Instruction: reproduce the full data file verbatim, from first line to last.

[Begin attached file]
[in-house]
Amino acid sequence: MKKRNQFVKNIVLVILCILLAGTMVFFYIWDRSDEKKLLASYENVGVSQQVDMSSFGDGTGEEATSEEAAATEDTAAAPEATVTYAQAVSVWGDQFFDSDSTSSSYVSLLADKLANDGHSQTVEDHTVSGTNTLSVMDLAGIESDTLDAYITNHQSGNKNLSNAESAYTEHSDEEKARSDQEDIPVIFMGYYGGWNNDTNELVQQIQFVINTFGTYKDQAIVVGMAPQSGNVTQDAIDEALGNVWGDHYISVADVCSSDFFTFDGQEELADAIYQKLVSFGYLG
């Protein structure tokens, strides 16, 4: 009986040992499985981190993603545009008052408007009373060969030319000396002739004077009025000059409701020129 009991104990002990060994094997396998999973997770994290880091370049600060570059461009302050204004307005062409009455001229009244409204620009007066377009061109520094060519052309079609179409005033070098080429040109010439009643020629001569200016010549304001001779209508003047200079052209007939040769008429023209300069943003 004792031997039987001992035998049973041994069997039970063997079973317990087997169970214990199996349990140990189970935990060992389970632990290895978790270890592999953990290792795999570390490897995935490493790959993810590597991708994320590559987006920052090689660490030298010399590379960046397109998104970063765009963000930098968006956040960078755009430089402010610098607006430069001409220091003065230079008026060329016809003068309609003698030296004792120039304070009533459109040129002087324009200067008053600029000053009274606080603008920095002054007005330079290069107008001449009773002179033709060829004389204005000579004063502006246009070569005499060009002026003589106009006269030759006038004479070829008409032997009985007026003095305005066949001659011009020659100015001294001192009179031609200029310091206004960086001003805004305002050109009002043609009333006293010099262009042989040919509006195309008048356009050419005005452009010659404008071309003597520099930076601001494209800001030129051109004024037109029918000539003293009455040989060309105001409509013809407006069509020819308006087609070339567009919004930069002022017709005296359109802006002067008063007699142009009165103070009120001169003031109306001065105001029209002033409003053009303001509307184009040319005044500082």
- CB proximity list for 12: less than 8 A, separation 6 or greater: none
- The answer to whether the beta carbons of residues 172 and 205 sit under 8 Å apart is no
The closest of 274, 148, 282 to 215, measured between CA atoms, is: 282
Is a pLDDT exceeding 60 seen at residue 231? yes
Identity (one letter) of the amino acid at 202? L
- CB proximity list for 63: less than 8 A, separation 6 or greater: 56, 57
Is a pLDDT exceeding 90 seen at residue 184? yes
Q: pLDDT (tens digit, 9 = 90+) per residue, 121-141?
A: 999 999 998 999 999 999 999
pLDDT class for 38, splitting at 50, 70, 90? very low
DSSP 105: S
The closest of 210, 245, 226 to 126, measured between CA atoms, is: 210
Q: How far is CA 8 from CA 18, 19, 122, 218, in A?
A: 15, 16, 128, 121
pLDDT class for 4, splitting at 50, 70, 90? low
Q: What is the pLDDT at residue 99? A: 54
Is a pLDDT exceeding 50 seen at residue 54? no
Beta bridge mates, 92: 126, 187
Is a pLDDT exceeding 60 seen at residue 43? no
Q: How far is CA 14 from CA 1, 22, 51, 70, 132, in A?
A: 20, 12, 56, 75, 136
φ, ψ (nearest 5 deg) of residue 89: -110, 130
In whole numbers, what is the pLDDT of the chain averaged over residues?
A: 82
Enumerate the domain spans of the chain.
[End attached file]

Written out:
[in-house]
Amino acid sequence: MKKRNQFVKNIVLVILCILLAGTMVFFYIWDRSDEKKLLASYENVGVSQQVDMSSFGDGTGEEATSEEAAATEDTAAAPEATVTYAQAVSVWGDQFFDSDSTSSSYVSLLADKLANDGHSQTVEDHTVSGTNTLSVMDLAGIESDTLDAYITNHQSGNKNLSNAESAYTEHSDEEKARSDQEDIPVIFMGYYGGWNNDTNELVQQIQFVINTFGTYKDQAIVVGMAPQSGNVTQDAIDEALGNVWGDHYISVADVCSSDFFTFDGQEELADAIYQKLVSFGYLG
């Protein structure tokens, strides 16, 4: 009986040992499985981190993603545009008052408007009373060969030319000396002739004077009025000059409701020129 009991104990002990060994094997396998999973997770994290880091370049600060570059461009302050204004307005062409009455001229009244409204620009007066377009061109520094060519052309079609179409005033070098080429040109010439009643020629001569200016010549304001001779209508003047200079052209007939040769008429023209300069943003 004792031997039987001992035998049973041994069997039970063997079973317990087997169970214990199996349990140990189970935990060992389970632990290895978790270890592999953990290792795999570390490897995935490493790959993810590597991708994320590559987006920052090689660490030298010399590379960046397109998104970063765009963000930098968006956040960078755009430089402010610098607006430069001409220091003065230079008026060329016809003068309609003698030296004792120039304070009533459109040129002087324009200067008053600029000053009274606080603008920095002054007005330079290069107008001449009773002179033709060829004389204005000579004063502006246009070569005499060009002026003589106009006269030759006038004479070829008409032997009985007026003095305005066949001659011009020659100015001294001192009179031609200029310091206004960086001003805004305002050109009002043609009333006293010099262009042989040919509006195309008048356009050419005005452009010659404008071309003597520099930076601001494209800001030129051109004024037109029918000539003293009455040989060309105001409509013809407006069509020819308006087609070339567009919004930069002022017709005296359109802006002067008063007699142009009165103070009120001169003031109306001065105001029209002033409003053009303001509307184009040319005044500082």
- CB proximity list for 12: less than 8 A, separation 6 or greater: none
- The answer to whether the beta carbons of residues 172 and 205 sit under 8 Å apart is no
The closest of 274, 148, 282 to 215, measured between CA atoms, is: 282
Is a pLDDT exceeding 60 seen at residue 231? yes
Identity (one letter) of the amino acid at 202? L
- CB proximity list for 63: less than 8 A, separation 6 or greater: 56, 57
Is a pLDDT exceeding 90 seen at residue 184? yes
Q: pLDDT (tens digit, 9 = 90+) per residue, 121-141?
A: 999 999 998 999 999 999 999
pLDDT class for 38, splitting at 50, 70, 90? very low
DSSP 105: S
The closest of 210, 245, 226 to 126, measured between CA atoms, is: 210
Q: How far is CA 8 from CA 18, 19, 122, 218, in A?
A: 15, 16, 128, 121
pLDDT class for 4, splitting at 50, 70, 90? low
Q: What is the pLDDT at residue 99? A: 54
Is a pLDDT exceeding 50 seen at residue 54? no
Beta bridge mates, 92: 126, 187
Is a pLDDT exceeding 60 seen at residue 43? no
Q: How far is CA 14 from CA 1, 22, 51, 70, 132, in A?
A: 20, 12, 56, 75, 136
φ, ψ (nearest 5 deg) of residue 89: -110, 130
In whole numbers, what is the pLDDT of the chain averaged over residues?
A: 82
Enumerate the domain spans of the chain.